Welcome to CS21. This course will introduce fundamental ideas in computer science while also teaching you how to write computer programs. We will study algorithms for solving problems and implement solutions in the Python programming language. Python is an interpreted language that is known for its ease of use. We also introduce object-oriented programming and data structures. A deeper coverage of these topics will be presented in CS 35.
This course is appropriate for all students who want to learn how to write computer programs and to think like computer scientists. It is the usual first course for computer science majors and minors. Students with advanced placement credit or extensive programming experience should place out of this course and instead begin with CS 33 or CS 35.
|WEEK||DAY||ANNOUNCEMENTS||TOPIC & READING||HOMEWORK|
Zelle Chapters 1-2
|Lab #1: Warmup programs|
|2||Jan 29||Computing with numbers and strings
Zelle Chapters 3-4
|Lab #2: Numbers and strings|
|Jan 31||Quiz 1
Drop/Add ends (Feb 01)
Zelle Chapter 5
|Lab #3: Graphics|
Zelle Chapter 6
|Lab #4: Busy Bugs!|
|Feb 14||Quiz 2
|5||Feb 19||Decision structures
Zelle Chapter 7
|Lab #5: Jumping stick figures|
Zelle Chapter 8
|Lab #6: Lingo|
|Feb 28||Quiz 3
|7||Mar 04||Top-down design
Zelle Chapter 9
|8||Mar 18||Searching and Analysis of algorithms
Zelle Section 13.1
|Lab #7: Spelling correction|
|Mar 20||Quiz 4
|9||Mar 25||Sorting and Recursion
Zelle Sections 13-2-13.3
|Lab #8: Recursion|
|Mar 27||Last day to declare CR/NC or withdraw with a W (Mar 28)|
Zelle Section 11.6
|Lab #9: Zipcodes|
|Apr 03||Quiz 5
|11||Apr 08||Defining new classes
Zelle Chapter 10
|Lab #10: Turtles and Fractals|
|12||Apr 15||Object-oriented design
Zelle Chapter 12
|Lab #11: Fire Simulator|
|Apr 17||Quiz 6
|13||Apr 22||Linked lists||Lab #12: Genetic Algorithms|
|14||Apr 29||Binary search trees||None|
|May 01||Practice Quiz 7|
Final exam: Saturday May 10 from 2pm to 5pm in Science Center 101
Programming assignments will typically be made available on Wednesday and will be due before midnight the following Tuesday night. You are strongly encouraged to start early and to attend the study sessions for extra practice.
You will submit your assignments electronically using the handin21 program. You may submit your assignment multiple times, but each submission overwrites the previous one and only the final submission will be graded. Late assignments will not be accepted unless you contact me before the deadline. Even if you do not fully complete an assignment, you may submit what you have done to receive partial credit.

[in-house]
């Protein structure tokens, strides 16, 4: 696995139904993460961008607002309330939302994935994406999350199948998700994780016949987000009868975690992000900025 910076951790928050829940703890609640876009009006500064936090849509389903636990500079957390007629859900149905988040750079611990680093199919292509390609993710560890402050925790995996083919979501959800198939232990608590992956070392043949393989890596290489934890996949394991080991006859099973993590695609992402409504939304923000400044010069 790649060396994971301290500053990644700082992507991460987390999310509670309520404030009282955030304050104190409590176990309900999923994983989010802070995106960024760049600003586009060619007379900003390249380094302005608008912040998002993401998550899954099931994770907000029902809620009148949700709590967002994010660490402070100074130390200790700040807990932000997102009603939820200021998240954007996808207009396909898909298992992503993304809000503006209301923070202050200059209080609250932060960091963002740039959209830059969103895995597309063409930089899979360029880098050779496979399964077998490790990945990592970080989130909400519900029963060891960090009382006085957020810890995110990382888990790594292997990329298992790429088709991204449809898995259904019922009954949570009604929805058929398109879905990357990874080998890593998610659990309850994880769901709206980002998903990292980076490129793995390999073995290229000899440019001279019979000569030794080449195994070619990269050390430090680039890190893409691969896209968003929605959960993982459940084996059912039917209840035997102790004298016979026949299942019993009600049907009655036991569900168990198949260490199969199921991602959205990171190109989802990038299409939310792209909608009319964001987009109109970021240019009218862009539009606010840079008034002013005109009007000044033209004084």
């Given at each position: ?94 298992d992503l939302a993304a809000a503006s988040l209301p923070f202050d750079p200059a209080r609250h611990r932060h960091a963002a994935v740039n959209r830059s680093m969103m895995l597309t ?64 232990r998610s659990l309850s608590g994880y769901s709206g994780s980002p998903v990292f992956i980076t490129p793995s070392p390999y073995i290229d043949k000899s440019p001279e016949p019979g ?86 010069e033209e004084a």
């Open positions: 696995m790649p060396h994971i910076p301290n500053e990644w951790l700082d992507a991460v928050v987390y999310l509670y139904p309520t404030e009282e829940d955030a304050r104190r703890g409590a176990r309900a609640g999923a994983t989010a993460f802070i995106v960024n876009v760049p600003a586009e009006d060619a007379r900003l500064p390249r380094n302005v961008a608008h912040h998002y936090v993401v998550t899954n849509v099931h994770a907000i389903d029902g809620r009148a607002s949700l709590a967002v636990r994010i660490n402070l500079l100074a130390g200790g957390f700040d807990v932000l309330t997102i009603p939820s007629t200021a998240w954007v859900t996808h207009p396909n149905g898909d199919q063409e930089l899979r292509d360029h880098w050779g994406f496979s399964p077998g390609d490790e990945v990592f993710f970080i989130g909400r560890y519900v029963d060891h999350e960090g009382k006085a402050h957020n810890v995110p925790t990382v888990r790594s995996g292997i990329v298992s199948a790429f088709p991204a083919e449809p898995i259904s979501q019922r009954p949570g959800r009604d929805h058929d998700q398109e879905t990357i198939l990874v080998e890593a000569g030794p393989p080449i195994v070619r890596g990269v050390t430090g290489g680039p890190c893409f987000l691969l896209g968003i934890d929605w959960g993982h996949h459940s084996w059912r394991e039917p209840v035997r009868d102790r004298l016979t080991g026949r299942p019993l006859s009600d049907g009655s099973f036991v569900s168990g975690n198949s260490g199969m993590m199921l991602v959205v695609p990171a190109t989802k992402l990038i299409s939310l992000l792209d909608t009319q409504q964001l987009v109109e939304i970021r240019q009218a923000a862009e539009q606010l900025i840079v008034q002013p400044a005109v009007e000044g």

Several student mentors will assist me in class and run study sessions in the robot lab (Science Center 252) on Wednesday and Sunday evenings 7-9pm.
You are invited -- and encouraged -- to participate in these study sessions to prepare for quizzes, to discuss programming concepts, and to get friendly assistance in working on assignments. Our CS mentoring team is dedicated to helping students, who have no prior knowledge of computer science, learn to program in Python while keeping their senses of humor intact. As an added bonus, free food will be provided at the sessions.
Programming is not a dry mechanical process, but a form of art. Well written code has an aesthetic appeal while poorly written programs can make other programmers and instructors cringe. Programming assignments will be graded based on style and correctness. Good programming practices usually include many of the following principles:
Academic honesty is required in all work you submit to be graded. With the exception of your partner on assignments, you may not submit work done with (or by) someone else, or examine or use work done by others to complete your own work.
You may discuss assignment specifications and requirements with others in the class to be sure you understand the problem. In addition, you are allowed to work with others to help learn the course material. However, with the exception of your lab partner, you may not work with others on your assignments in any capacity.
All code you submit must be your own with the following permissible exceptions: code distributed by me as part of the class, code found in the course text book, and code worked on with your assignment partner. You should always include detailed comments that indicates which parts of the assignment you received help on, and what your sources were.
Please see me if there are any questions about what is permissible.